Your employees are the backbone of your business, and it can be a blow when one of them gets injured. Workplace accidents and injuries are not only traumatic for the victim, but they can be stressful for your company too, disrupting productivity, employee morale, and your bottom line.
When it comes to your New York workers’ compensation insurance claims, the biggest cost driver is severity, the amount of time the injured employee is off work. So your prime goal with every claim should be to minimize that time off and get the employee back to work as soon as possible. In fact, having a proactive and well-coordinated return-to-work (RTW) program is the best way to cut down on:
- Time loss costs
- Lost productivity
- Medical and indemnity costs
- Costs to replace workers and wages
- Use of disability benefits and Family Medical Leave Act (FMLA) time
- Legal costs
But it’s not just about saving money
More importantly, getting an injured employee back on the job doing something productive can boost the employee’s morale, help him or her recover more quickly, and make for a more successful transition back to regular duty. Even if it means offering your injured workers some type of transitional or modified duty such as filing, sorting mail, or answering phones, getting them back on the job can be the best way to keep them from falling into the downward spiral of disability.
What does an effective RTW program look like today?
The face of workers’ compensation insurance rehabilitation is definitely changing. Traditional “work hardening” programs use real or simulated work activities, while traditional “work conditioning” programs use physical conditioning and functional activities related to the injured employee’s occupation. Modern rehab programs are combining the two and evolving into a new breed of “advanced work rehabilitation” or “level II return-to-work” programs. The goal is the same – safe and effective re-entry of the injured employee into the workforce – but these newer rehabilitation programs:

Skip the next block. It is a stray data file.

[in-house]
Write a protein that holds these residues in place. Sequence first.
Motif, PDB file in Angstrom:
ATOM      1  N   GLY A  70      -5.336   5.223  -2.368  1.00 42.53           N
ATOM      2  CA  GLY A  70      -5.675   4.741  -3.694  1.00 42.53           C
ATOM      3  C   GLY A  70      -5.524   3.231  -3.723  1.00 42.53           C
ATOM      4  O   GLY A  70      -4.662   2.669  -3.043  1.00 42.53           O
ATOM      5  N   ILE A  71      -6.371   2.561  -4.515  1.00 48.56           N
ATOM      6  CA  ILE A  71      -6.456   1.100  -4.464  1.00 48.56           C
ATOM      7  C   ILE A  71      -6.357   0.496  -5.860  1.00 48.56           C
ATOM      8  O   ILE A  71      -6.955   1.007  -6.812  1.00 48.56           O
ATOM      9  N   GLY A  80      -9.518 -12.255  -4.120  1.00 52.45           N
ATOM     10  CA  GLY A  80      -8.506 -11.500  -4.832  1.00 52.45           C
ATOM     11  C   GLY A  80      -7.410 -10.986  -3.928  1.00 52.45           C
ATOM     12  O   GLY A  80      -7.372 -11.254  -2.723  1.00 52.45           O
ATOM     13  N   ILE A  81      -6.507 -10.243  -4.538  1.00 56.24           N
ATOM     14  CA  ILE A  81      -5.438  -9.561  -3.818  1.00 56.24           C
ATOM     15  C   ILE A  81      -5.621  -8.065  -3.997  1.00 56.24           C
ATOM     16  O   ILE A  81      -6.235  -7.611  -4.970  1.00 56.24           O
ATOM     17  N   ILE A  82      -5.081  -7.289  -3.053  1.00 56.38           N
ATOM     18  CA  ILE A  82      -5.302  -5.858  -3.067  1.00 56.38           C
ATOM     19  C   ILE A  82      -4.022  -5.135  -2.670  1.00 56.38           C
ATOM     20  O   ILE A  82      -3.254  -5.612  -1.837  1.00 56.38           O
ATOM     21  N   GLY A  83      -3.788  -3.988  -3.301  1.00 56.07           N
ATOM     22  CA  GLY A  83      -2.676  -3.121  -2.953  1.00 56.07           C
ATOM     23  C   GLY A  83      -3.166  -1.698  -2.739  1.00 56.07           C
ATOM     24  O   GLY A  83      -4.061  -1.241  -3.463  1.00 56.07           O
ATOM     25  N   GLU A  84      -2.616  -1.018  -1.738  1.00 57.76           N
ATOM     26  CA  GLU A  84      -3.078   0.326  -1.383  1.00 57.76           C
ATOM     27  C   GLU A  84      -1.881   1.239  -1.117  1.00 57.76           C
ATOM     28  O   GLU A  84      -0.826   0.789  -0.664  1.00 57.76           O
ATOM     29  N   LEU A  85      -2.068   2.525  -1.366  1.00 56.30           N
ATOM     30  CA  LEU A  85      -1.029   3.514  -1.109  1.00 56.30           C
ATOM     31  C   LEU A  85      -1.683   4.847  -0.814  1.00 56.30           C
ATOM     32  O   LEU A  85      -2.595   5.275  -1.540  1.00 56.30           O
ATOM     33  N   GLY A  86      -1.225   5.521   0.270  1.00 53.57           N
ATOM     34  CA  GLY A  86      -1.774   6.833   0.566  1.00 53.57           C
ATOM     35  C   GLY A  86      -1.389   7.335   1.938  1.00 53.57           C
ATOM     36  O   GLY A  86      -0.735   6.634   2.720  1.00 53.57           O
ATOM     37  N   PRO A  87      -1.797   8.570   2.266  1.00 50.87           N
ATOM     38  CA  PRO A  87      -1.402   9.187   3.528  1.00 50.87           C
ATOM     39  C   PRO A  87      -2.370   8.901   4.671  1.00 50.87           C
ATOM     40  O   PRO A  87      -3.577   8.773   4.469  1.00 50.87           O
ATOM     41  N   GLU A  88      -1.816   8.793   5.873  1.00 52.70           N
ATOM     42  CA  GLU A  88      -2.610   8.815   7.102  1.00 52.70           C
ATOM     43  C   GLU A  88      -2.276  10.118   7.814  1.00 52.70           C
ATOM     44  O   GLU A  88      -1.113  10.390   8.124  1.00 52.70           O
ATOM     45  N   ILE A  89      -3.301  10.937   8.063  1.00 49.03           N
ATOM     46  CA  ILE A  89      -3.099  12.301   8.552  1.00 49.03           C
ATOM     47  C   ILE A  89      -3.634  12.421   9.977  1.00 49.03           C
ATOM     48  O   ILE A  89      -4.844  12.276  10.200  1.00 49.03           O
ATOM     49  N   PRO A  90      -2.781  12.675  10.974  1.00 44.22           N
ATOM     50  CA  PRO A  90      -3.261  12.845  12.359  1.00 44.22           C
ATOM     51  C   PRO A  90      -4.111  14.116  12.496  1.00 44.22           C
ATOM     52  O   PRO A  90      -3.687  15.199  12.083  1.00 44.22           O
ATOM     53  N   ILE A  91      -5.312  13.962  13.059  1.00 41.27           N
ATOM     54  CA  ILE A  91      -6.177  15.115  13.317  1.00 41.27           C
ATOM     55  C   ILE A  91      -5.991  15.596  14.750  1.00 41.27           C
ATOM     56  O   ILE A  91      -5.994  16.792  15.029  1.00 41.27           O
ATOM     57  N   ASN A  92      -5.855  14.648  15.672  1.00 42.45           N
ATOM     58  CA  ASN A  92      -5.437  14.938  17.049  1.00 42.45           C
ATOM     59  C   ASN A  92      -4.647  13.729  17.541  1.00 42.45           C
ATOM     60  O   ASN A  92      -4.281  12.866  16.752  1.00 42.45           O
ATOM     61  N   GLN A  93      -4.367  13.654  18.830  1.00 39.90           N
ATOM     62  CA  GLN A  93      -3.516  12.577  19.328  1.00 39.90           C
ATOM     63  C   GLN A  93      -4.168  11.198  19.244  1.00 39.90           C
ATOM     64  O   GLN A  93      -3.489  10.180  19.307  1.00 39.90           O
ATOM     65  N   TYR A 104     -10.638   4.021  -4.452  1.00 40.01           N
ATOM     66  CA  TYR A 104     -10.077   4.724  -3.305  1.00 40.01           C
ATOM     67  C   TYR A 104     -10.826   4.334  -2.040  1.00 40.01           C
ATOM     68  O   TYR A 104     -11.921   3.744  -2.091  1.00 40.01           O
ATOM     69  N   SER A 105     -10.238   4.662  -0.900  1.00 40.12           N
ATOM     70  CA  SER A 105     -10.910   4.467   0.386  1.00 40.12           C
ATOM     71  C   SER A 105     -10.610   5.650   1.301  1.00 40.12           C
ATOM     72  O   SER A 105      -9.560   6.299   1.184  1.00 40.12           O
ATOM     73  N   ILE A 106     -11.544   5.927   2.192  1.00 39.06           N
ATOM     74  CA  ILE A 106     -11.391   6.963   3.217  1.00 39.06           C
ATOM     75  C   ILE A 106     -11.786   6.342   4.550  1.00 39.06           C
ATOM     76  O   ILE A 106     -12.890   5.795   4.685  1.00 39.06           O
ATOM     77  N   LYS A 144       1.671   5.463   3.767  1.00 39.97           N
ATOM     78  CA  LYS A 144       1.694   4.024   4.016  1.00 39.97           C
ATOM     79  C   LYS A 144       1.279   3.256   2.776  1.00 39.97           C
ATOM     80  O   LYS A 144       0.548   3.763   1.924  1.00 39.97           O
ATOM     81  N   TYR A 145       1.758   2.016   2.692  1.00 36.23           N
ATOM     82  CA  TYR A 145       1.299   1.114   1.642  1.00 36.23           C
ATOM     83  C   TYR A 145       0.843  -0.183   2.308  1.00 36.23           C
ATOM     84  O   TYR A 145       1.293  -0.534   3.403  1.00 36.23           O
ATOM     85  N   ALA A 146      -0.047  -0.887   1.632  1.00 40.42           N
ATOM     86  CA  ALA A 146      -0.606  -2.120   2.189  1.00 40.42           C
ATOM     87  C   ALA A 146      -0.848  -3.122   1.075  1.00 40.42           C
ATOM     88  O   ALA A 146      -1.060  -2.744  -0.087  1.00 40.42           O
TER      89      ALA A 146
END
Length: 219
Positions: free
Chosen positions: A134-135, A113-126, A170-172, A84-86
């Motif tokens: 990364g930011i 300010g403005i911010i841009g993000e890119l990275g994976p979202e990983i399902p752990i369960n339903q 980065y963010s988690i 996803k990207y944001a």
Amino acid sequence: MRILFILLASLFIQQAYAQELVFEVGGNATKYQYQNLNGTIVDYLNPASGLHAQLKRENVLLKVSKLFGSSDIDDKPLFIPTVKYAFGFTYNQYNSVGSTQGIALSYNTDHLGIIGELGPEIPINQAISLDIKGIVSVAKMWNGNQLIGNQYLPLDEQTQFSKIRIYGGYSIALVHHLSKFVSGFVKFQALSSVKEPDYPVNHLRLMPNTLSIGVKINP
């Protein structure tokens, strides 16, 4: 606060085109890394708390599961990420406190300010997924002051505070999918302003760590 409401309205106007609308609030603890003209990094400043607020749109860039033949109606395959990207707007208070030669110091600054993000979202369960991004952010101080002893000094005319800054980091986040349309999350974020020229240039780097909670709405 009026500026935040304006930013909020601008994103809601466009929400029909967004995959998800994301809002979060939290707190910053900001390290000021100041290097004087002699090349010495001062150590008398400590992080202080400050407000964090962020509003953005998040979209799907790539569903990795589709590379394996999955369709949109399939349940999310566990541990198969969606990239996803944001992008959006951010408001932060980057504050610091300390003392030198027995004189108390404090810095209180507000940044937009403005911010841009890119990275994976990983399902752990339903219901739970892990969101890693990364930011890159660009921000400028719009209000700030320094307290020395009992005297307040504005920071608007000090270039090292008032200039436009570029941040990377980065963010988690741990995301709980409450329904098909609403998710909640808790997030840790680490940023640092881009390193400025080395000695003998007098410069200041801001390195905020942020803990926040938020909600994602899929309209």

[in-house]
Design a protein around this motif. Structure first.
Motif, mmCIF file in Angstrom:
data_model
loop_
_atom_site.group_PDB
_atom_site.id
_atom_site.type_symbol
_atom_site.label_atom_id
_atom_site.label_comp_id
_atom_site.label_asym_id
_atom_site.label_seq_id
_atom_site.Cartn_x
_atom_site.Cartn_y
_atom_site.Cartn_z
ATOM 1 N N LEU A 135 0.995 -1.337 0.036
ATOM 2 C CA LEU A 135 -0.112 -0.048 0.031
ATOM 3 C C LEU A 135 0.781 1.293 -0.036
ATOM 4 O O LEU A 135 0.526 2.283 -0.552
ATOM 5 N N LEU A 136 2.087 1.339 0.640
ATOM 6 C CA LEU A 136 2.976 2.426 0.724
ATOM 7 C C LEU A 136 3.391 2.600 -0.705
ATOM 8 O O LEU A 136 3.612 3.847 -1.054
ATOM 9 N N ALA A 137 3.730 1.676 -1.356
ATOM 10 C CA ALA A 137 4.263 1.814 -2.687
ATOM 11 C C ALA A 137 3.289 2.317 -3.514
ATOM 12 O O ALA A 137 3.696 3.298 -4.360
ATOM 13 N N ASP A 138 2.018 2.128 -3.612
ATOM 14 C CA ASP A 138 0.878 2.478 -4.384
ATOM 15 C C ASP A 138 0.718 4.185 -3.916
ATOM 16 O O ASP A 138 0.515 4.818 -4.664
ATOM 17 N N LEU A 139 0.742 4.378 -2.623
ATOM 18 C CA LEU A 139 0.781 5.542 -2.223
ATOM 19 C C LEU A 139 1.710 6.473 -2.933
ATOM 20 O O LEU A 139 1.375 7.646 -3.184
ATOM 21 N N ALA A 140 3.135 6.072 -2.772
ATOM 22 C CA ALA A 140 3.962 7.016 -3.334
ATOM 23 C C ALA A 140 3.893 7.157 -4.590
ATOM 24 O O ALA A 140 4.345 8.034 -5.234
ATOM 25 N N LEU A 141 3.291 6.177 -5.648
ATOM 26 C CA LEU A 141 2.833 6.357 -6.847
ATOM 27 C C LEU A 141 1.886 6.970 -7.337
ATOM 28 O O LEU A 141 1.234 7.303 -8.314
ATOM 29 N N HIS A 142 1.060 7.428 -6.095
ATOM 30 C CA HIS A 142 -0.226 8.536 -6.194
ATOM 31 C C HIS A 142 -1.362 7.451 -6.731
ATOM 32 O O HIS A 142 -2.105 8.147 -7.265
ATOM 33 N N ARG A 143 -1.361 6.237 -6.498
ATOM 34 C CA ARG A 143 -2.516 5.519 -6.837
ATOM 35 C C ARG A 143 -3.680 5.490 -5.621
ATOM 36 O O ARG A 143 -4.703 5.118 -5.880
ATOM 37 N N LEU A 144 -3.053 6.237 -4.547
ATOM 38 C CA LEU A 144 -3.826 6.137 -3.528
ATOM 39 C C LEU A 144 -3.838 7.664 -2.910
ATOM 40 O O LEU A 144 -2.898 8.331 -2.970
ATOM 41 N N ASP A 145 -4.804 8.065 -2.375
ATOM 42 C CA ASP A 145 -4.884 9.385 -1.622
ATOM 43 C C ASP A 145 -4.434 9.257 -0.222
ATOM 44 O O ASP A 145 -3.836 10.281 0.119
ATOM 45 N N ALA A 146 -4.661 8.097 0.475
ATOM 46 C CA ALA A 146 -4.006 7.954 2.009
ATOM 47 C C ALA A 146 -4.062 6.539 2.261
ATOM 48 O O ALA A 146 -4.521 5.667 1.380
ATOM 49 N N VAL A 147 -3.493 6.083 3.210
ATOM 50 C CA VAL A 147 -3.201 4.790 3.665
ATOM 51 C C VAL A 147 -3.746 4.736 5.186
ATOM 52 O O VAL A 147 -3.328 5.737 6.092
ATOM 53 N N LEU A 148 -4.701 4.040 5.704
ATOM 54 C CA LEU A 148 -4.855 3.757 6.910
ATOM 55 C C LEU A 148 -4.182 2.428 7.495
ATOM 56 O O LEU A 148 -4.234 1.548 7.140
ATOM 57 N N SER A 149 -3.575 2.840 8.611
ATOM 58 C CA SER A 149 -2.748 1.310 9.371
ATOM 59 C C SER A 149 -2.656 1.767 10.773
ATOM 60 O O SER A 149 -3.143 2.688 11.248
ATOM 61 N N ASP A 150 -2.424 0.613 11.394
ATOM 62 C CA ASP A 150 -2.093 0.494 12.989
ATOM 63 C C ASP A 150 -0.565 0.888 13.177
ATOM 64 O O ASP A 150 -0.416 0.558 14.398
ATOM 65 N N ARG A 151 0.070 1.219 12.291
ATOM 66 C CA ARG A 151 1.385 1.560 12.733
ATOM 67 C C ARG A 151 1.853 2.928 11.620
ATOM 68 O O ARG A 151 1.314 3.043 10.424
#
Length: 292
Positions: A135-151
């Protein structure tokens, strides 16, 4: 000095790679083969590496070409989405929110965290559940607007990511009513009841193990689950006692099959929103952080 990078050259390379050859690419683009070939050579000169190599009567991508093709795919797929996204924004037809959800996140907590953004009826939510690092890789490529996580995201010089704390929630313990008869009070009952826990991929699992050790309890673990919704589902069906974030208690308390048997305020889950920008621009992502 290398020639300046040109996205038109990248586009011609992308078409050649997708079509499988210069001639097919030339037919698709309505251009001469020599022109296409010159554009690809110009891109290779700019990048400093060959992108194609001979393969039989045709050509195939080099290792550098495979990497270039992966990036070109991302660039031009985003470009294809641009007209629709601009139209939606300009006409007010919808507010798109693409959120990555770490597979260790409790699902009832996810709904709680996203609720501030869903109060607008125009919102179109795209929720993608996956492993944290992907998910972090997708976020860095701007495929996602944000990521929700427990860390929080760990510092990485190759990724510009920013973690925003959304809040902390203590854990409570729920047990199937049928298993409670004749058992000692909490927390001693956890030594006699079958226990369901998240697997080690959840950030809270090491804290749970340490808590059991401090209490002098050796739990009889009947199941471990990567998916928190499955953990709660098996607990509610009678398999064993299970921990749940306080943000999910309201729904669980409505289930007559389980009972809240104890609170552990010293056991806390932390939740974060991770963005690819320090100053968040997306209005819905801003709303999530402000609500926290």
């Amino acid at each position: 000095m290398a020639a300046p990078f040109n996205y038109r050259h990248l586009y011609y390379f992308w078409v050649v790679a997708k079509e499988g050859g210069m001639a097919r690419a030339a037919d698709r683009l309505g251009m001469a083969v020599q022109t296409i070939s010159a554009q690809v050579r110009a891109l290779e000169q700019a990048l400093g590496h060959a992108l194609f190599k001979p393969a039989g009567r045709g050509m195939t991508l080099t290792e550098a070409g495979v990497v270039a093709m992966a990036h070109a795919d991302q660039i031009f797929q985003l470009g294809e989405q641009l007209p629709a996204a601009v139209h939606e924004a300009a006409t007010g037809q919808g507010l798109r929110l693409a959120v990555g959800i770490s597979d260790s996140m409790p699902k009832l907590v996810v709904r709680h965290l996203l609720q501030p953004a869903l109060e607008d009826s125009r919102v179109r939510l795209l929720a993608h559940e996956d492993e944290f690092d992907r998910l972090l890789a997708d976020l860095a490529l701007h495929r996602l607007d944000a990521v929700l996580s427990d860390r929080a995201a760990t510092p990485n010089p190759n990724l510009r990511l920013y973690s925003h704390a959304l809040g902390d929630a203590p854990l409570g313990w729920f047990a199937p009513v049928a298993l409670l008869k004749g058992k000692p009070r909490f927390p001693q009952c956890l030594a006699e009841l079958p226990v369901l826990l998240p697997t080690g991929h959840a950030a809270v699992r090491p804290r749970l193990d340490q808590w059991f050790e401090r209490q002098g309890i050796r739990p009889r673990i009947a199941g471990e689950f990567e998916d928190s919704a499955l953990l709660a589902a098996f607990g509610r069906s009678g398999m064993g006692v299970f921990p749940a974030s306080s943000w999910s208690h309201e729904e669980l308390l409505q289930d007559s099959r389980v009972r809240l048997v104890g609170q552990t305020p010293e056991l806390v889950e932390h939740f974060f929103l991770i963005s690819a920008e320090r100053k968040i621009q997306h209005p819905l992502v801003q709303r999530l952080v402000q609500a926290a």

- Are more flexible
- Are customized to the individual
- Use combination of warm-ups, stretching, full body conditioning, and functional activities
- Are generally directed by a single physical or occupational therapist, but supported by other clinical professionals such as assistants or trainers
Today’s advanced work rehabilitation programs boost the likelihood that an injured worker will have a successful transition back into the workplace and avoid getting re-injured.
Let’s take a hypothetical scenario with a construction worker who gets injured on the job. Under a more traditional program, the worker might be referred for physical therapy, with no comprehensive conditioning plan. Without specialized training, that worker could still experience instability performing his specific job tasks, which will affect his productivity and even his and his coworkers’ safety, and put him at greater risk of re-injury.
In a modern level II RTW program, that same worker would undergo a treatment plan focused on conditioning the appropriate muscles during functional work tasks specifically related to his daily work activities, with work-specific short- and long-term goals. Other specialists would be brought in as needed. As a result of this more comprehensive treatment, the injured worker is more likely to successfully return to regular duty with no restrictions and less risk of re-injury.
Successful RTW is a team effort
Getting an injured worker back to gainful employment is a team effort between you, the employee, healthcare providers, physical therapists, and anyone else involved, and that collaboration is crucial to the success of modern RTW programs.